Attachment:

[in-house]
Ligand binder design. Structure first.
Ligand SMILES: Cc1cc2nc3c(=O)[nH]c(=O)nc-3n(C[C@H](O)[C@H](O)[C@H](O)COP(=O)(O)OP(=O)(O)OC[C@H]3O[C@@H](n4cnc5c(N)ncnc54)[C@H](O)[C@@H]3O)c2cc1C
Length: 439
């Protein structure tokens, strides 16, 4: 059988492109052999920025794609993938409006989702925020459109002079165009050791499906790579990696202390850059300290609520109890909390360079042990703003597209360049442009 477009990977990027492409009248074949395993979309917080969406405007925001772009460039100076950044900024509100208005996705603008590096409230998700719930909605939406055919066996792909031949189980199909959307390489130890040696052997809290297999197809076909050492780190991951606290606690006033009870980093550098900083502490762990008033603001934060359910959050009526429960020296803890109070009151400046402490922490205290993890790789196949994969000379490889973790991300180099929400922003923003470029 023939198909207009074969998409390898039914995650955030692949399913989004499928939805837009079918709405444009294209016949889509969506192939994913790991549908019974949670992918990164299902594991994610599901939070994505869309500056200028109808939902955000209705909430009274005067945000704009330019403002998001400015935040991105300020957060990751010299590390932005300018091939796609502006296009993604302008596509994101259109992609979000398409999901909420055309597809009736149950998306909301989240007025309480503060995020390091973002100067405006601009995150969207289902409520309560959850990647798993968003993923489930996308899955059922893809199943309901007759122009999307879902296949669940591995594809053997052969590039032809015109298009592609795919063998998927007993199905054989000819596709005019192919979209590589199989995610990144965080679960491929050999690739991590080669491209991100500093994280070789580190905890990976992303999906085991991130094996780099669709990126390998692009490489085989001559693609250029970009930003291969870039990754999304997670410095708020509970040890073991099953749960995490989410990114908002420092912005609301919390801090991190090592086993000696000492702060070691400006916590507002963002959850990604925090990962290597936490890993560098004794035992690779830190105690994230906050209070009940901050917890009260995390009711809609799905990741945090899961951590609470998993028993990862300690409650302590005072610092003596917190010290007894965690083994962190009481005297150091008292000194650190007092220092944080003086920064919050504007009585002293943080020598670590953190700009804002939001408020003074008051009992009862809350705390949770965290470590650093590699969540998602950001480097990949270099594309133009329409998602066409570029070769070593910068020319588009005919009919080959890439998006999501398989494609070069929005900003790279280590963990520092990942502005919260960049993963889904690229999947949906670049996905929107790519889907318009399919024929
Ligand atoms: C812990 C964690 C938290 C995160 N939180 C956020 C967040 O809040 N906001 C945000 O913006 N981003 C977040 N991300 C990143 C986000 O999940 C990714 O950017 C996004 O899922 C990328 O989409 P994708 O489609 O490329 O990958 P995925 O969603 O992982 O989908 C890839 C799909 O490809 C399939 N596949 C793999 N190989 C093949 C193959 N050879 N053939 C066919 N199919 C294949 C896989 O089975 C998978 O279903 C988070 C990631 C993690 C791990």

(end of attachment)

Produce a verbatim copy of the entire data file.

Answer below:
[in-house]
Ligand binder design. Structure first.
Ligand SMILES: Cc1cc2nc3c(=O)[nH]c(=O)nc-3n(C[C@H](O)[C@H](O)[C@H](O)COP(=O)(O)OP(=O)(O)OC[C@H]3O[C@@H](n4cnc5c(N)ncnc54)[C@H](O)[C@@H]3O)c2cc1C
Length: 439
């Protein structure tokens, strides 16, 4: 059988492109052999920025794609993938409006989702925020459109002079165009050791499906790579990696202390850059300290609520109890909390360079042990703003597209360049442009 477009990977990027492409009248074949395993979309917080969406405007925001772009460039100076950044900024509100208005996705603008590096409230998700719930909605939406055919066996792909031949189980199909959307390489130890040696052997809290297999197809076909050492780190991951606290606690006033009870980093550098900083502490762990008033603001934060359910959050009526429960020296803890109070009151400046402490922490205290993890790789196949994969000379490889973790991300180099929400922003923003470029 023939198909207009074969998409390898039914995650955030692949399913989004499928939805837009079918709405444009294209016949889509969506192939994913790991549908019974949670992918990164299902594991994610599901939070994505869309500056200028109808939902955000209705909430009274005067945000704009330019403002998001400015935040991105300020957060990751010299590390932005300018091939796609502006296009993604302008596509994101259109992609979000398409999901909420055309597809009736149950998306909301989240007025309480503060995020390091973002100067405006601009995150969207289902409520309560959850990647798993968003993923489930996308899955059922893809199943309901007759122009999307879902296949669940591995594809053997052969590039032809015109298009592609795919063998998927007993199905054989000819596709005019192919979209590589199989995610990144965080679960491929050999690739991590080669491209991100500093994280070789580190905890990976992303999906085991991130094996780099669709990126390998692009490489085989001559693609250029970009930003291969870039990754999304997670410095708020509970040890073991099953749960995490989410990114908002420092912005609301919390801090991190090592086993000696000492702060070691400006916590507002963002959850990604925090990962290597936490890993560098004794035992690779830190105690994230906050209070009940901050917890009260995390009711809609799905990741945090899961951590609470998993028993990862300690409650302590005072610092003596917190010290007894965690083994962190009481005297150091008292000194650190007092220092944080003086920064919050504007009585002293943080020598670590953190700009804002939001408020003074008051009992009862809350705390949770965290470590650093590699969540998602950001480097990949270099594309133009329409998602066409570029070769070593910068020319588009005919009919080959890439998006999501398989494609070069929005900003790279280590963990520092990942502005919260960049993963889904690229999947949906670049996905929107790519889907318009399919024929
Ligand atoms: C812990 C964690 C938290 C995160 N939180 C956020 C967040 O809040 N906001 C945000 O913006 N981003 C977040 N991300 C990143 C986000 O999940 C990714 O950017 C996004 O899922 C990328 O989409 P994708 O489609 O490329 O990958 P995925 O969603 O992982 O989908 C890839 C799909 O490809 C399939 N596949 C793999 N190989 C093949 C193959 N050879 N053939 C066919 N199919 C294949 C896989 O089975 C998978 O279903 C988070 C990631 C993690 C791990």